I'm mostly going to focus in this review on what I liked best. Towards the end, the authors discuss what might be lost when technology permits an education system more like that also described in Disrupting Class. The things they worry might be
Jun 16, 2015 rated it it was ok
Really nice job of setting up the fundamental idea that each major earth shattering invention redefines what education looks like. Hypothesis is that computers/Internet are such a huge game changer that the current education system is on its deathbed. Nice logical conclusion, no idea if it's true yet.

Couple of frustrations. I get really tired of people who say, like these guys, "teachers are too old and set in their ways, they don't have a chance." It's totally not true. I know a bunch of great
Corrie Campbell
Mar 13, 2013 rated it it was amazing
Shelves: education
Collins & Halverson step back and take broad view of where education has come from before then moving forward and prognosticating on the future of education "in the age of technology." I think they wisely have chapters early on called "The Technology Enthusiasts' Argument" and "The Technology Skeptics' Argument" to sort of level the playing field for biases and assumptions before moving forward and describing the benefits and pitfalls that technology will possibly bring to the field of educa ...more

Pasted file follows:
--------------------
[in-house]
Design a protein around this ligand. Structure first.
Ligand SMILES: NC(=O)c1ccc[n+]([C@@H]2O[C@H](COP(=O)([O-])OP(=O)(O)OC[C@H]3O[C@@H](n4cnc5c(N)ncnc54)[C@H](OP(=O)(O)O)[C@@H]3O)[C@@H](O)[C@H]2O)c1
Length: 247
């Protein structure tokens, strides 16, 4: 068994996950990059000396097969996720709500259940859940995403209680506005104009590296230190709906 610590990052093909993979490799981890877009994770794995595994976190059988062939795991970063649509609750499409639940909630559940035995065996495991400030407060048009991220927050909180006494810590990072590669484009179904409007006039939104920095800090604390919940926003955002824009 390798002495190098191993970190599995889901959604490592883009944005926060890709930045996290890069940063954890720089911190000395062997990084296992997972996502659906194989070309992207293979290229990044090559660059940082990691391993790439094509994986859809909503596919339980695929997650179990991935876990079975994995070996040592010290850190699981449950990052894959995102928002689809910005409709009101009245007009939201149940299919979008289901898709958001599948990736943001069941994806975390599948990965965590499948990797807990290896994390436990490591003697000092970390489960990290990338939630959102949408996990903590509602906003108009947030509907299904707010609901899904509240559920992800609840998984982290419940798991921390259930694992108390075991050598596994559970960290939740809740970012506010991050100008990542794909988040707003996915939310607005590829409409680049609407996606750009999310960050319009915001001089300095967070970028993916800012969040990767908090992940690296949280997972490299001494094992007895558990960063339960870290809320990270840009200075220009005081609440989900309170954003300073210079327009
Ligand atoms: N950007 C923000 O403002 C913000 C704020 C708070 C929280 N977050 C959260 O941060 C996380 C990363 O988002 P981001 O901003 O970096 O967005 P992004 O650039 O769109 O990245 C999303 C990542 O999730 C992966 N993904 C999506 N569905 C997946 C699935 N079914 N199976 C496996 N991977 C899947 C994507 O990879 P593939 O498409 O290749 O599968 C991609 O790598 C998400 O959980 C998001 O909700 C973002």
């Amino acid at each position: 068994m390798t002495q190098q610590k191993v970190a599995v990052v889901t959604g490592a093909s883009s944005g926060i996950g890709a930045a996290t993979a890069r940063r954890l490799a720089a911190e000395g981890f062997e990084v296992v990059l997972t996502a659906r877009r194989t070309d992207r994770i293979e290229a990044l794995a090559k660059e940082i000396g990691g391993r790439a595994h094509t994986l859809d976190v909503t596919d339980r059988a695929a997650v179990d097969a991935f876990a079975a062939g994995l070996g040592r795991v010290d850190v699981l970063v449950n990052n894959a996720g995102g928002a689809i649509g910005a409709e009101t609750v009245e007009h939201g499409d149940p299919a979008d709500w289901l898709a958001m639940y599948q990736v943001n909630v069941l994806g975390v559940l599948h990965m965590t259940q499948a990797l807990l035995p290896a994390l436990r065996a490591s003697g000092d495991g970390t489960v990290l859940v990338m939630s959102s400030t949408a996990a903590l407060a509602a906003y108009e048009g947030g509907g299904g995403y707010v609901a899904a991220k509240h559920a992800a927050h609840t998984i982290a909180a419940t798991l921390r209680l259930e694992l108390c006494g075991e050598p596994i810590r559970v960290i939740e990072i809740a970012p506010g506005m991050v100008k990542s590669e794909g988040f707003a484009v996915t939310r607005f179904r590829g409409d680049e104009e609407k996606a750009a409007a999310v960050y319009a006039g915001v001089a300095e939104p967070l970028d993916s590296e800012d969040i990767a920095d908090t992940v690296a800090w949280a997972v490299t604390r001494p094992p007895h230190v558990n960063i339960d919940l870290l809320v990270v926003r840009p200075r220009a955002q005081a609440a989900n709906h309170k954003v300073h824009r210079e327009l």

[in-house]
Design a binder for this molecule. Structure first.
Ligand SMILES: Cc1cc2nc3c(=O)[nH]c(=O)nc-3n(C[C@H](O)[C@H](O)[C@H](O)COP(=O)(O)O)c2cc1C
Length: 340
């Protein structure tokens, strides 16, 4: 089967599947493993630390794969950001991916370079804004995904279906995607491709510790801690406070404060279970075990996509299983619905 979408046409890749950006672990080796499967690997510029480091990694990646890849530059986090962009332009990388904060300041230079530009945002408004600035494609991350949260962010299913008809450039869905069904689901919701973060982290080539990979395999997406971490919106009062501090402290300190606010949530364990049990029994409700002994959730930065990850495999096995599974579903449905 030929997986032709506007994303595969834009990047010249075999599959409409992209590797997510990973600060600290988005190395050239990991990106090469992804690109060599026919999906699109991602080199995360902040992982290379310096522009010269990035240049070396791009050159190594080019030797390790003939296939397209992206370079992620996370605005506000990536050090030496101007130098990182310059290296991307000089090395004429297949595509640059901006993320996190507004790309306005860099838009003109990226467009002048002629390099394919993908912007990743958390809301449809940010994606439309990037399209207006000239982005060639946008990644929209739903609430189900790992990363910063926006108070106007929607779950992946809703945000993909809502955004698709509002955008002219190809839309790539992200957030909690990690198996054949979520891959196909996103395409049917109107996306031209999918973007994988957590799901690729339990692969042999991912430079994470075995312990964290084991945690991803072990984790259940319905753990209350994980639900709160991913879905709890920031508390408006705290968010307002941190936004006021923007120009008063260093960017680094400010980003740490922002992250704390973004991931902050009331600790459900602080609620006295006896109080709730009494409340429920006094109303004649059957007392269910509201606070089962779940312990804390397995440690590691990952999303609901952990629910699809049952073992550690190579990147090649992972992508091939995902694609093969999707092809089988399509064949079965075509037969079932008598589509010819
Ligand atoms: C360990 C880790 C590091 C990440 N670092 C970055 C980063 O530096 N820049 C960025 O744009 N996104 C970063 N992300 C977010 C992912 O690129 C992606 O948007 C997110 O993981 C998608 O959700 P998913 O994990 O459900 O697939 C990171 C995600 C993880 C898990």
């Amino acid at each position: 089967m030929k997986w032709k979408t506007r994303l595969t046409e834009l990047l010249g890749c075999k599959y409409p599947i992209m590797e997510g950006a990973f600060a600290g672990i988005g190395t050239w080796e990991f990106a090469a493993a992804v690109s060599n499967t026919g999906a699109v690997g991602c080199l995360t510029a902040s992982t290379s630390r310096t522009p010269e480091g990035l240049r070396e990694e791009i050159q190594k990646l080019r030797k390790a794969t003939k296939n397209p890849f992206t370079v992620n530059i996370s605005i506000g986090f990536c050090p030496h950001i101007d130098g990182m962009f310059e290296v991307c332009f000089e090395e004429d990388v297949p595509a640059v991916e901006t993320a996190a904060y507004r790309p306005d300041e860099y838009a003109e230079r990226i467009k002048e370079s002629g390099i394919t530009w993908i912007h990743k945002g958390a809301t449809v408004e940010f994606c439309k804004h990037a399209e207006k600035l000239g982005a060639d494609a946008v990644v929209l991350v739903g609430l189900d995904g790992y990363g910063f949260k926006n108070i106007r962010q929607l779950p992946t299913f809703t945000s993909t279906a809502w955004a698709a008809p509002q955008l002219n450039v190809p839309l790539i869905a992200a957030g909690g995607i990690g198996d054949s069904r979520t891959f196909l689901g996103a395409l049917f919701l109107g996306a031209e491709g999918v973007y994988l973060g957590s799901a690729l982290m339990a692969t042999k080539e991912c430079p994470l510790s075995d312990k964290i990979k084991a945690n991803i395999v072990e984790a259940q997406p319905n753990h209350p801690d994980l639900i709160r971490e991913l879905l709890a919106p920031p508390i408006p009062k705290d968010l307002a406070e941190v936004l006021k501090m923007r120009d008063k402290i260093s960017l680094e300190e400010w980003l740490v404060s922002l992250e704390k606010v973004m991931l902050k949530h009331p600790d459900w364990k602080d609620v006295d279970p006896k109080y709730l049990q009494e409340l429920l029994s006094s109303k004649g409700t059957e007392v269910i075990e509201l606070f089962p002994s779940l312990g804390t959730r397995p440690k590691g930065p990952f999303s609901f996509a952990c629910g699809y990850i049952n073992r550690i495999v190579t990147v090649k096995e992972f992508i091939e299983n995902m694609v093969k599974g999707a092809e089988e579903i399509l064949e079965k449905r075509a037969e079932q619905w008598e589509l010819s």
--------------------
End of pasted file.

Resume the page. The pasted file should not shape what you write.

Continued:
Oct 28, 2014 rated it really liked it
This book provides a clear overview of how technology is affecting education at the present, and uses historical precedent to predict how it may influence education in the future. It identifies both the potential and the pitfalls of technology for learning, and suggests ways that we might capitalize on the former and avoid the latter. It's an excellent book to contextualize the present state of edtech for newcomers to the field.
Dec 04, 2012 rated it really liked it
I respected their even handed approach to laying out both sides and the middle ground. I did not agree with everything, but was surprised at how much I did agree with. I will probably blog on a few key points.
Feb 05, 2015 rated it liked it
I had to read this book as part of my graduate course. It certainly made me think about how and why we should be utilizing technology in our classrooms. The authors new vision for the future of our educational system is interesting to think about.
Jun 01, 2012 rated it really liked it
Shelves: social-learning
Not a bad little read. Let about tech and more about the history of education and educational reform movement. Contradictions to how technology can help and the limitations of CMC, but this was also published in 2010 which gets dated as more technology emerges. I would recommend!
interesting ideas, I don't agree with many of the solutions that are presented, but the problem is real and I appreciate the discussion and effort to find solutions. It would be interesting to see what the authors think now 7 years later.